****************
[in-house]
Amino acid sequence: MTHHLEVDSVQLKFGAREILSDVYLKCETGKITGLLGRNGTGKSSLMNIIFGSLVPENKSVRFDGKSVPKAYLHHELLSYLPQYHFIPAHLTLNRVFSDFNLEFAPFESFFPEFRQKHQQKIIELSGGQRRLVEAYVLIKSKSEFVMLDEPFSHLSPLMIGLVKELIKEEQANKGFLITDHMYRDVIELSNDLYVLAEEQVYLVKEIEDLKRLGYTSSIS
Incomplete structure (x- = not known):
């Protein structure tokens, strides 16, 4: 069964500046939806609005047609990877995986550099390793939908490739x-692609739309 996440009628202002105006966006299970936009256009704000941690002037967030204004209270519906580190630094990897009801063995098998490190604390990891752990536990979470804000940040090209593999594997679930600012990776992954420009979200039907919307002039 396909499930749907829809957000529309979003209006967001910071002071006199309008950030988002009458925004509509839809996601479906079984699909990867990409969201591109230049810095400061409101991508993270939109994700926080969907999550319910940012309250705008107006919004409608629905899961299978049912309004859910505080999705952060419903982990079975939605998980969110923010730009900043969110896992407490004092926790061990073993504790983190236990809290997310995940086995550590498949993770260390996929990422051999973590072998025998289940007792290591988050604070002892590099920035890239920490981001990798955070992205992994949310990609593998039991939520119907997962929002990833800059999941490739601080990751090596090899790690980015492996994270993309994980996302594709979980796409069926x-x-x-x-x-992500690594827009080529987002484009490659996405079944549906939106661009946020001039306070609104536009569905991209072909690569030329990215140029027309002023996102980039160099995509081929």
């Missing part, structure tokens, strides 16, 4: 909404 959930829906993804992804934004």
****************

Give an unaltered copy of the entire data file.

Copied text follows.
[in-house]
Amino acid sequence: MTHHLEVDSVQLKFGAREILSDVYLKCETGKITGLLGRNGTGKSSLMNIIFGSLVPENKSVRFDGKSVPKAYLHHELLSYLPQYHFIPAHLTLNRVFSDFNLEFAPFESFFPEFRQKHQQKIIELSGGQRRLVEAYVLIKSKSEFVMLDEPFSHLSPLMIGLVKELIKEEQANKGFLITDHMYRDVIELSNDLYVLAEEQVYLVKEIEDLKRLGYTSSIS
Incomplete structure (x- = not known):
């Protein structure tokens, strides 16, 4: 069964500046939806609005047609990877995986550099390793939908490739x-692609739309 996440009628202002105006966006299970936009256009704000941690002037967030204004209270519906580190630094990897009801063995098998490190604390990891752990536990979470804000940040090209593999594997679930600012990776992954420009979200039907919307002039 396909499930749907829809957000529309979003209006967001910071002071006199309008950030988002009458925004509509839809996601479906079984699909990867990409969201591109230049810095400061409101991508993270939109994700926080969907999550319910940012309250705008107006919004409608629905899961299978049912309004859910505080999705952060419903982990079975939605998980969110923010730009900043969110896992407490004092926790061990073993504790983190236990809290997310995940086995550590498949993770260390996929990422051999973590072998025998289940007792290591988050604070002892590099920035890239920490981001990798955070992205992994949310990609593998039991939520119907997962929002990833800059999941490739601080990751090596090899790690980015492996994270993309994980996302594709979980796409069926x-x-x-x-x-992500690594827009080529987002484009490659996405079944549906939106661009946020001039306070609104536009569905991209072909690569030329990215140029027309002023996102980039160099995509081929």
């Missing part, structure tokens, strides 16, 4: 909404 959930829906993804992804934004």